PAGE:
A university in China has been slammed after it urged its female students to cover up in a bid to discourage “temptation” from others.
Guangxi University, located in the city of Nanning, southern China, last week released a ‘Girls’ Safety Strategy’ to its incoming students that included a dress code.
"Don't wear overly revealing tops or skirts. Don't wear low-cut dresses or expose your waist or back, to avoid creating temptation," the guide said, while asking students to be “vigilant” to “unprovoked courtesy”.
The guidelines were widely interpreted in China as suggesting women who wear such clothing were inviting sexual harassment or even assault.
The university has also banned spaghetti-strap singlets in its library, while it has told students not to wear high heels in certain settings.
China’s traditional attitudes to women and sexual assault are slowly changing from a widespread mindset of victim blaming that often deemed a woman’s choice of clothing could be blamed for their assault, Reuters reported.
Many women also worry they will not be taken seriously if they report harassment or that they will be held responsible for the incident.
The guide prompted a huge social media response, with the hashtag ‘Guangxi University female students’ garnering more than 200 million views on Chinese platform Weibo.
Thousands criticised the university over the guide as the nation’s nascent #MeToo movement spoke up, lambasting it as “going in the wrong direction”.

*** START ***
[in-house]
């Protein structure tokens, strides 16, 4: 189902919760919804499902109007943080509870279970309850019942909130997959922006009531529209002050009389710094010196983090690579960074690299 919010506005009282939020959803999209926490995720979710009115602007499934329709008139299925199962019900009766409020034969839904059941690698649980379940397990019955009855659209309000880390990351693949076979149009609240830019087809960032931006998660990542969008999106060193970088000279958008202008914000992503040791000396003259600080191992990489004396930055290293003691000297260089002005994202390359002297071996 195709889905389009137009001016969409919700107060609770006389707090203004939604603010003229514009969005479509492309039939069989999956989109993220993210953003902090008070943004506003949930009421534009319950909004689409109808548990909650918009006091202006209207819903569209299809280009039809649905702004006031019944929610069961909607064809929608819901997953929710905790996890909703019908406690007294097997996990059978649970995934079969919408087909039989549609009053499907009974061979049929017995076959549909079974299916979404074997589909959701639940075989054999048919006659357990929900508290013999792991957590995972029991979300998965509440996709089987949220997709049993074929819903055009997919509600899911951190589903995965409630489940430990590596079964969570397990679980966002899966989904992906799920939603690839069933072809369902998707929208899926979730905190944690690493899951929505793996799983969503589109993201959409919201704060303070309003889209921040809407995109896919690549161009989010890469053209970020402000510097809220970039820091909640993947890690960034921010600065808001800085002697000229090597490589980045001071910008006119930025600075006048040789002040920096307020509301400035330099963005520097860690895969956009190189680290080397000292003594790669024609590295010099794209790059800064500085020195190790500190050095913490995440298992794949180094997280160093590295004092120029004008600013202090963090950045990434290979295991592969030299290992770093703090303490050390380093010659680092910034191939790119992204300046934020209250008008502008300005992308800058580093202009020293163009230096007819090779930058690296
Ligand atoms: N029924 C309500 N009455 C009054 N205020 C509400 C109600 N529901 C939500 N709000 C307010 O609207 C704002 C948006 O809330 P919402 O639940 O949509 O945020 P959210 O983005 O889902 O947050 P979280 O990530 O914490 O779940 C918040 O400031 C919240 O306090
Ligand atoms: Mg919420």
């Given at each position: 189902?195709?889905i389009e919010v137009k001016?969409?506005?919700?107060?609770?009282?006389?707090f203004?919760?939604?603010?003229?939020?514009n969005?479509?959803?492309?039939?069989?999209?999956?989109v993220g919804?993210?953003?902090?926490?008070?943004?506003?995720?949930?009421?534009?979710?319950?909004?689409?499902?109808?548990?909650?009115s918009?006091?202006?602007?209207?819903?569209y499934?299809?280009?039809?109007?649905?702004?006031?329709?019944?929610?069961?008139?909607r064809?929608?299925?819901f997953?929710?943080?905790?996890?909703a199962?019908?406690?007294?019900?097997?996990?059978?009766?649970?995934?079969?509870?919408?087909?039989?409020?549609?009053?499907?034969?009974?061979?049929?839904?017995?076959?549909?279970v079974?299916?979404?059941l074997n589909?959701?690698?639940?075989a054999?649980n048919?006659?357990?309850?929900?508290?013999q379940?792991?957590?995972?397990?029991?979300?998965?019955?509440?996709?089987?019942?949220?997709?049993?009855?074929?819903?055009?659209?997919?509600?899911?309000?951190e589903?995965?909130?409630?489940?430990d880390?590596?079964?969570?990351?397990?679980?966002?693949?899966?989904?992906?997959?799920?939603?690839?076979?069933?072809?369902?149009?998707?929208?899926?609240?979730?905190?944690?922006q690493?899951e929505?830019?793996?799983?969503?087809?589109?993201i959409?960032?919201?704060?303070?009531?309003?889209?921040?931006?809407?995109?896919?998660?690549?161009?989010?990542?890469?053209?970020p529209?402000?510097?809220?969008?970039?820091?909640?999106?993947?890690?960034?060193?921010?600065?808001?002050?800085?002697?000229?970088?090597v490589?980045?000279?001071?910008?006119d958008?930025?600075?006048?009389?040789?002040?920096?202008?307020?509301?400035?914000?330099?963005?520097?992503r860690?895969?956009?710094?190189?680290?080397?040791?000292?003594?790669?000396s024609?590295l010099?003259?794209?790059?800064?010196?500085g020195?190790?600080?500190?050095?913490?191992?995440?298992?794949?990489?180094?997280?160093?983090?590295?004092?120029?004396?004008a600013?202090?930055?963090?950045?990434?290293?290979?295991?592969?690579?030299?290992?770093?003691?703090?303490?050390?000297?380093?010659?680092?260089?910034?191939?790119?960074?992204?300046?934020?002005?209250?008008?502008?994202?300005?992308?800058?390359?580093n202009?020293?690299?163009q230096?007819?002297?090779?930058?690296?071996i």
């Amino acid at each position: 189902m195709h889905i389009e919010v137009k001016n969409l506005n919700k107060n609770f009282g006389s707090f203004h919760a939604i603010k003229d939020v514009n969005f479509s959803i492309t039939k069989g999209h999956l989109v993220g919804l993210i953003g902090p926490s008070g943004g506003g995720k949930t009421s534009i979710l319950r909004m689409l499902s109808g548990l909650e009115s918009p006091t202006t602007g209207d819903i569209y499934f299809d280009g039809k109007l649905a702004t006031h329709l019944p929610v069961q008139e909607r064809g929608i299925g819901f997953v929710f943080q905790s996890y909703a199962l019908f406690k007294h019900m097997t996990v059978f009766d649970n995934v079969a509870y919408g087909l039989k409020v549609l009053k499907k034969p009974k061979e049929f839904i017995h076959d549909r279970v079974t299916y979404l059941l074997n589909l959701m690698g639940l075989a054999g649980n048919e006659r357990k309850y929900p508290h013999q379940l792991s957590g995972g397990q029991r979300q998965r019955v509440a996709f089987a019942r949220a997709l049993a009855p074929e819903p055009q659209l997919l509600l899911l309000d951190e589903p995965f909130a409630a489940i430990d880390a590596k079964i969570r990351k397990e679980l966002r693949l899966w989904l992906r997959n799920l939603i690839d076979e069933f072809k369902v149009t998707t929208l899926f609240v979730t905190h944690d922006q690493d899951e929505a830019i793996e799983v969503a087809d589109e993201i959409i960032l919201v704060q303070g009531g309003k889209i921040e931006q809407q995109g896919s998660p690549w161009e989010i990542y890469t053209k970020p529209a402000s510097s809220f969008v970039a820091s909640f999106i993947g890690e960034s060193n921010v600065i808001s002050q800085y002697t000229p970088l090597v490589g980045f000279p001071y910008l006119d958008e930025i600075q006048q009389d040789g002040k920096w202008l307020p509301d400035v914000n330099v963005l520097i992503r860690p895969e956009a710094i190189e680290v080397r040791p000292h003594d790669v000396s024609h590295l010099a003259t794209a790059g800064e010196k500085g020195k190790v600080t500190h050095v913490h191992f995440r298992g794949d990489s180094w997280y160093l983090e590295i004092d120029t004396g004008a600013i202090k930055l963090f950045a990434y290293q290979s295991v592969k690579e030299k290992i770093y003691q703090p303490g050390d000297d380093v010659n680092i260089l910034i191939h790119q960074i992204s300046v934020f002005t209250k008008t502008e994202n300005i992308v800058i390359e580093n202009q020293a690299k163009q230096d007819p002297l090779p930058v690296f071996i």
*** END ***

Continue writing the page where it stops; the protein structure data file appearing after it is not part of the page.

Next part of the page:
“Shouldn't a school educate male students to respect women, no matter what she wears or if she is alone? Instead of asking the victims to review themselves," one person wrote online.
"The safety handbook appears to be protection for girls, but in fact, it's worsening the gender stereotype that assumes women are harassed because of the way they dress," another said.
University staff clarify guide
A female staff member at the university reportedly said the guide has been prompted by students coming to the humid region from cooler climates, meaning students were wearing less clothes on campus, China Economic Net reported.
While the university has not officially responded to the furore over its guide, a staff member at the Academic Affairs Office said the rules were meant to improve “civilised etiquette” at the university.
They said while such attire was acceptable outside of the campus, students were required to wear respectable clothing when at the university.
"In the university, I feel that the students have forgotten some of the most basic etiquette,” they said, noting the university had fallen behind other universities in its standards.
Some online users called for male students to be issued similar guidelines to prevent them from taking their tops off during hot periods.
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